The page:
LONDON • Prime Minister Theresa May said yesterday that Brexit being blocked by lawmakers was now a more likely outcome than Britain leaving the EU without a deal.
The fate of Britain's planned March 29 exit from the EU is deeply uncertain as Parliament is likely to reject Mrs May's deal this evening, opening up outcomes ranging from a disorderly divorce to reversing Brexit altogether.
Mrs May used a speech at a factory in the leave-supporting city of Stoke-on-Trent in central England to try and win over Brexit-supporting lawmakers who have repeatedly said they will vote down her divorce deal. "There are some in Westminster who would wish to delay or even stop Brexit and who will use every device available to them to do so," Mrs May said.
"While no-deal remains a serious risk, having observed the events at Westminster over the last seven days, it's now my judgment that the more likely outcome is a paralysis in Parliament that risks there being no Brexit."
Mrs May had warned lawmakers on Sunday that failing to deliver Brexit would be "catastrophic" for democracy, and her ministers said that thwarting the outcome of the 2016 referendum could lead to a rise in far-right populism.
As the world's biggest trading bloc tried to brace itself for an unpredictable ride, Spain said the European Union could agree to extend the Brexit deadline, but not beyond elections for the European Parliament due in May.
Amid the deepest crisis in British politics for at least half a century, the British Prime Minister and EU leaders yesterday exchanged letters giving assurances on her withdrawal agreement.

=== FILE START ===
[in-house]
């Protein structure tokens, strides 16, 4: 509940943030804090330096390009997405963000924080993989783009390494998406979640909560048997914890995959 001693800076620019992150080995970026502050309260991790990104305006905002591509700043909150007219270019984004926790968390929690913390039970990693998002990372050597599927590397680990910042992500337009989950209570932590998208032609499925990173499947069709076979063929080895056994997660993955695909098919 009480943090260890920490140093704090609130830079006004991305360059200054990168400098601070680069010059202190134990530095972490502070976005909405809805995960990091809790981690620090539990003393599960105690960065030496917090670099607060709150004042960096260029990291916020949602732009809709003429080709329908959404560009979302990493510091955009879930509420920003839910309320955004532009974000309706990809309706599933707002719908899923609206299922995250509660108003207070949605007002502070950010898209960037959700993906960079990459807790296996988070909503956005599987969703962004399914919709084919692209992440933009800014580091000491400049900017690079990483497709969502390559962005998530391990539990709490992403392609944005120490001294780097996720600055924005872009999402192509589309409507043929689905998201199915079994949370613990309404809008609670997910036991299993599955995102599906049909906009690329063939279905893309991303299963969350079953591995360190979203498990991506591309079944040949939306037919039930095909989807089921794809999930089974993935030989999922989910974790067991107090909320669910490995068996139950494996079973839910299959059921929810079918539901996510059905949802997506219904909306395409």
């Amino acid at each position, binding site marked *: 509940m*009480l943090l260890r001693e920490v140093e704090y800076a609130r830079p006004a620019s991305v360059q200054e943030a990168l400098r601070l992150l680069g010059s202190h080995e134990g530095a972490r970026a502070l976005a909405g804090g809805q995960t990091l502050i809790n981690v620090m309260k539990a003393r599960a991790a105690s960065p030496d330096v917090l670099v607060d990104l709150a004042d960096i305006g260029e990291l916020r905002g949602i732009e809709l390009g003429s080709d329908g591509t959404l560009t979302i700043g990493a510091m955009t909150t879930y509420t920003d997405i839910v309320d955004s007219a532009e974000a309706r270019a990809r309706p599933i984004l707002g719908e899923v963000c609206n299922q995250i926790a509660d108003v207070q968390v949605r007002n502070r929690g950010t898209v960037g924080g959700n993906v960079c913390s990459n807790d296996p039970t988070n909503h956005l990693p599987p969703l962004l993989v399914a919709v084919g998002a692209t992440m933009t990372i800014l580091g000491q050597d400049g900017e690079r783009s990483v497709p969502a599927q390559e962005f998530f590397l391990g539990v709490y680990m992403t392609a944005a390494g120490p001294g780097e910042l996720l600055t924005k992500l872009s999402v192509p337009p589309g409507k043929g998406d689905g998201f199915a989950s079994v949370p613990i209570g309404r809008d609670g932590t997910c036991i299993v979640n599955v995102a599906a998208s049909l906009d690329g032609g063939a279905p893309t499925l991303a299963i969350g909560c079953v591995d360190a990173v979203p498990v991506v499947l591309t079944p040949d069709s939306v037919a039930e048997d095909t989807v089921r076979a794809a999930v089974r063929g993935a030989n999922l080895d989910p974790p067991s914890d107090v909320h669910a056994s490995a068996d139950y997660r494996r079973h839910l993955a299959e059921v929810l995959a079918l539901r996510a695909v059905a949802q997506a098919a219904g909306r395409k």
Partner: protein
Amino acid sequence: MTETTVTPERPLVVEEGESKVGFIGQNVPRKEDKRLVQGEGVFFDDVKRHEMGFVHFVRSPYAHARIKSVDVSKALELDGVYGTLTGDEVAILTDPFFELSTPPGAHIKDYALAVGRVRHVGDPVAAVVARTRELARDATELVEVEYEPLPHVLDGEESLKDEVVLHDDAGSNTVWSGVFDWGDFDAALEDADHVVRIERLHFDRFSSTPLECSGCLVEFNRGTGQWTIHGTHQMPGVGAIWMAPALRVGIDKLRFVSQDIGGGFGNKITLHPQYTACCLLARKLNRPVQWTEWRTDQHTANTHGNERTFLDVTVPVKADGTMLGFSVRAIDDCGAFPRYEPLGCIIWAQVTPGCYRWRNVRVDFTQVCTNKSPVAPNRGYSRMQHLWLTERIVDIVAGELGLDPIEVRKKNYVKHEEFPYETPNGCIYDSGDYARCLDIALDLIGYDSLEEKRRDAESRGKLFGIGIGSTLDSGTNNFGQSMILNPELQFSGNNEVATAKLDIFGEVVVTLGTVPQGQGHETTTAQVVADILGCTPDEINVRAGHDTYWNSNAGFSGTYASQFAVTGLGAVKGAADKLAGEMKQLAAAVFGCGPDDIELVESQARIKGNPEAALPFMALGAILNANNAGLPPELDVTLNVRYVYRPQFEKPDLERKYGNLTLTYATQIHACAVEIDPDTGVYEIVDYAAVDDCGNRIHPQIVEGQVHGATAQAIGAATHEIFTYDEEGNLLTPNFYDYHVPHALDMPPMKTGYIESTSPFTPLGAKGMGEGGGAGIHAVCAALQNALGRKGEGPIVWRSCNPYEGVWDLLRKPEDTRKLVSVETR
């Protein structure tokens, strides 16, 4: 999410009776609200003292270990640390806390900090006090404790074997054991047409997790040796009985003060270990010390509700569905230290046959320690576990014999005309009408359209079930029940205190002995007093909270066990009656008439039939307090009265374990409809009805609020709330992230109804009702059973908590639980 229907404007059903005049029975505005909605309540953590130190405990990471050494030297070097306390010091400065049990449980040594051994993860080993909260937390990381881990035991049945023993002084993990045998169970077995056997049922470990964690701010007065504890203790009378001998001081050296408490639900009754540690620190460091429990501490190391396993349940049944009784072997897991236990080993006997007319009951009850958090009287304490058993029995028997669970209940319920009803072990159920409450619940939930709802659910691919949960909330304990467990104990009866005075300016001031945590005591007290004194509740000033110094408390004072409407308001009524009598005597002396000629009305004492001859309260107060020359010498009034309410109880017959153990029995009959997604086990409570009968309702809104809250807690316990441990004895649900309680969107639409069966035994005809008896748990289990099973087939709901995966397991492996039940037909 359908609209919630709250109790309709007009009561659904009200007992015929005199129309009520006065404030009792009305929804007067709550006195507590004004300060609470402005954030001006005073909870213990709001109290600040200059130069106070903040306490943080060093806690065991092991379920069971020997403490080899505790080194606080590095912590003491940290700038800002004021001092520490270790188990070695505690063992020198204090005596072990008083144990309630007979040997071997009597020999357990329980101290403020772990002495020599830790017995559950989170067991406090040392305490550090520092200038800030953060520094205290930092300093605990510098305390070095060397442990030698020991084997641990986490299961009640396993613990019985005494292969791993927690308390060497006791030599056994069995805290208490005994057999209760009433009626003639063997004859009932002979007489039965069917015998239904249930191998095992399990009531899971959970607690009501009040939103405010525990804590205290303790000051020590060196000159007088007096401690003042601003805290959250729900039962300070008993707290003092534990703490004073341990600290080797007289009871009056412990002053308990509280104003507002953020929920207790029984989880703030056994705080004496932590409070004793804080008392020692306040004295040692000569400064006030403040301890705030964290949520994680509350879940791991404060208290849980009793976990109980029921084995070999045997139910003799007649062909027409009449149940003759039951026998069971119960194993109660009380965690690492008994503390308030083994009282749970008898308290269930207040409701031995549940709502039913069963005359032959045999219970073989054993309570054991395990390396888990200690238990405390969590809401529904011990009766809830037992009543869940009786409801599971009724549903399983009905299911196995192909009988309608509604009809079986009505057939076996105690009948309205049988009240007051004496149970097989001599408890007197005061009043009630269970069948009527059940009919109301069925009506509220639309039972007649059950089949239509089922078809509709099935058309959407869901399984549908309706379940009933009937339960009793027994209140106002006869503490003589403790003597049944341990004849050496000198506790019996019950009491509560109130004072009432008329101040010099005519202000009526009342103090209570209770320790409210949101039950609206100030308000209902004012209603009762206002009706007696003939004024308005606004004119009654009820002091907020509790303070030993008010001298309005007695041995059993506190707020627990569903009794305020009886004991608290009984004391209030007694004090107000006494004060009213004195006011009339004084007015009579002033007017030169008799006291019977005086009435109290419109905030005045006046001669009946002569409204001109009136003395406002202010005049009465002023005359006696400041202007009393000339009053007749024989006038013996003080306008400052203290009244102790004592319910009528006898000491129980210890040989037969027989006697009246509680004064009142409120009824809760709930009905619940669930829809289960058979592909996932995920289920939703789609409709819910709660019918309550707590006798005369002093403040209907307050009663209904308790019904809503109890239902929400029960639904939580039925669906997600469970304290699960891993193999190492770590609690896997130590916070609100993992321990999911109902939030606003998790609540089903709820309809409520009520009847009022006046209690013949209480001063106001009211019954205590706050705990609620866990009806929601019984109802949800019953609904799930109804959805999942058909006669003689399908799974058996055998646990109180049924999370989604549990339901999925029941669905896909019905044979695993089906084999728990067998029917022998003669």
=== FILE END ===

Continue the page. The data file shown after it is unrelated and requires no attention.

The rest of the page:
While no-deal remains a serious risk, having observed the events at Westminster over the last seven days, it's now my judgment that the more likely outcome is a paralysis in Parliament that risks there being no Brexit.
BRITISH PRIME MINISTER THERESA MAY
The EU told Mrs May that it stood by commitments to find ways to avoid triggering the controversial "Irish backstop" in their Brexit deal and that this pledge had legal weight.
In a joint reply to questions from Mrs May, European Commission president Jean-Claude Juncker and European Council president Donald Tusk said the EU stood by its commitment to try and reach a post-Brexit trade deal by the end of next year in order to avoid using the unpopular backstop.
However, even if the target date were not met, Britain would have the option to extend a status-quo transition period to avoid triggering the backstop, which is meant to avoid a hard customs border for Northern Ireland.
"If the backstop were nevertheless to be triggered, it would only apply temporarily, unless and until it is superseded by a subsequent agreement that ensures that a hard border is avoided," they said.
Mrs May said the assurances might not go far enough for some lawmakers, and the small Northern Irish party that props up her government said it was insufficient.
Meanwhile, Mr Gareth Johnson, a lawmaker, who helped enforce discipline in Mrs May's Conservative Party, quit his role yesterday, citing his "own personal objection to the agreement".
Mrs May was to make a statement to Parliament later yesterday. But with her deal facing opposition from all sides in the House of Commons, the letters are unlikely to change the fundamental outcome of the vote.
With no-deal Brexit the default option if Mrs May's deal is defeated, some lawmakers are planning to pull control of Brexit from the government to senior figures in Parliament. Though Mrs May is weakened, the executive has significant powers and it was unclear how Parliament would be able to take control of Brexit.
If Mrs May's deal is defeated and the government is unable to have any amended version passed in the next three weeks, one suggestion is for senior lawmakers who chair parliamentary committees to come up with an alternative Brexit plan.
"We're in the very, very final stages of the end-game here," said Mr Nick Boles, one of the Conservative lawmakers behind the plan, who said he would vote for Mrs May's deal.
"What we need to do is find the solution, and if the government can't find the solution - and we want the government to find the solution, and we'll be voting for her solution - but if it can't then Parliament needs to," Mr Boles added.